Some romantics seriously advocate for a simple ‘back to the roots’, meaning to operate in our forefathers’ style. They however leave it unclear to the audience how to feed the exponentially growing number of hungry mouths. Of course it could be possible to step back in time – provided the population size is reduced accordingly. But how? By a new plague, by war by deliberate genocide? There is no pleasant scenario in sight.
A more likely scenario is that we will hit the often predicted 10 billion heads mark by ~ 2050, leaving no room for romanticism. This world will definitely be different from what we know today. But how could it look like? How will we live by then? How will life feel?
Let’s consider some parts of our life, of our environment and discuss them one by one.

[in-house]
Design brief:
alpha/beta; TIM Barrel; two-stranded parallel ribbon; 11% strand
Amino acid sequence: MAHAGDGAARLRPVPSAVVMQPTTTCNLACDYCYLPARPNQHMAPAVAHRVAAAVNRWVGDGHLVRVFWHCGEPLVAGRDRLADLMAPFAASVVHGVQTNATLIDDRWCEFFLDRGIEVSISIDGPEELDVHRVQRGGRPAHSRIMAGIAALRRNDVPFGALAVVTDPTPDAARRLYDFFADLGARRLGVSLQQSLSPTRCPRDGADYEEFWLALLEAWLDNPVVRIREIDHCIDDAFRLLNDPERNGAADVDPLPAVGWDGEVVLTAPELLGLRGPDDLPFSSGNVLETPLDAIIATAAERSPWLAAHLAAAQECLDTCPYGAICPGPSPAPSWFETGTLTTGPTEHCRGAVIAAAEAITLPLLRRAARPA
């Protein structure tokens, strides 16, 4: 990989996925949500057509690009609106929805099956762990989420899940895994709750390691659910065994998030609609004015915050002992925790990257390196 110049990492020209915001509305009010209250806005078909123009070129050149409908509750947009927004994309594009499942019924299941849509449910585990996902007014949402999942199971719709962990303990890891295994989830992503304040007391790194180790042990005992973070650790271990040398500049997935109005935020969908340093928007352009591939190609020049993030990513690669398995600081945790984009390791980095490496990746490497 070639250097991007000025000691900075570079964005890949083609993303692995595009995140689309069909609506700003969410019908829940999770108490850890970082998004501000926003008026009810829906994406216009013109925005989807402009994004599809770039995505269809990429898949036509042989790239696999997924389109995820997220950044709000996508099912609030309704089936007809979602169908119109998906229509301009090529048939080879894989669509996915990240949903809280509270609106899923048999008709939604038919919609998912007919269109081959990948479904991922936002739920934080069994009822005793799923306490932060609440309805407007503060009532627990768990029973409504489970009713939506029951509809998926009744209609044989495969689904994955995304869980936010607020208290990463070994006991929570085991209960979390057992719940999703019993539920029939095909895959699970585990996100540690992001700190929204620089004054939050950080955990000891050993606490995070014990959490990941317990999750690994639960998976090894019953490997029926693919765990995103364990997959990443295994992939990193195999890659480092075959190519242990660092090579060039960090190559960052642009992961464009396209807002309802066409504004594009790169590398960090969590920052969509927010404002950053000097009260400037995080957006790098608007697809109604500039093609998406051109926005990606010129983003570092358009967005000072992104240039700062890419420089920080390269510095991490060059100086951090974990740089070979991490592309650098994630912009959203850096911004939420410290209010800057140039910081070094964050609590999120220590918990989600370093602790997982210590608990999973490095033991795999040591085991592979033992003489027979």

Fishing & huntingFishing & hunting for food or leisure surely are surely archaic traits. Our fore-forefathers had very good reasons to give up hunting and gathering as a means to maintain their subsistence. It was a hard life with an unpredictable outcome. And in many cases – if not in all - it was unsustainable.
Now that we take a closer and unbiased look to the ecological impact of the Neolithics and even earlier economies, more and more evidence pops up that many species of the Pleistocene mega fauna not just went extinct but was driven extinct. It took Neolithic hunters in the northern tundra of Europe and Asia about 30.000 years to slaughter huge numbers of mammoths to their final disappearance, the Maori about 500 years to eradicate the giant Moa.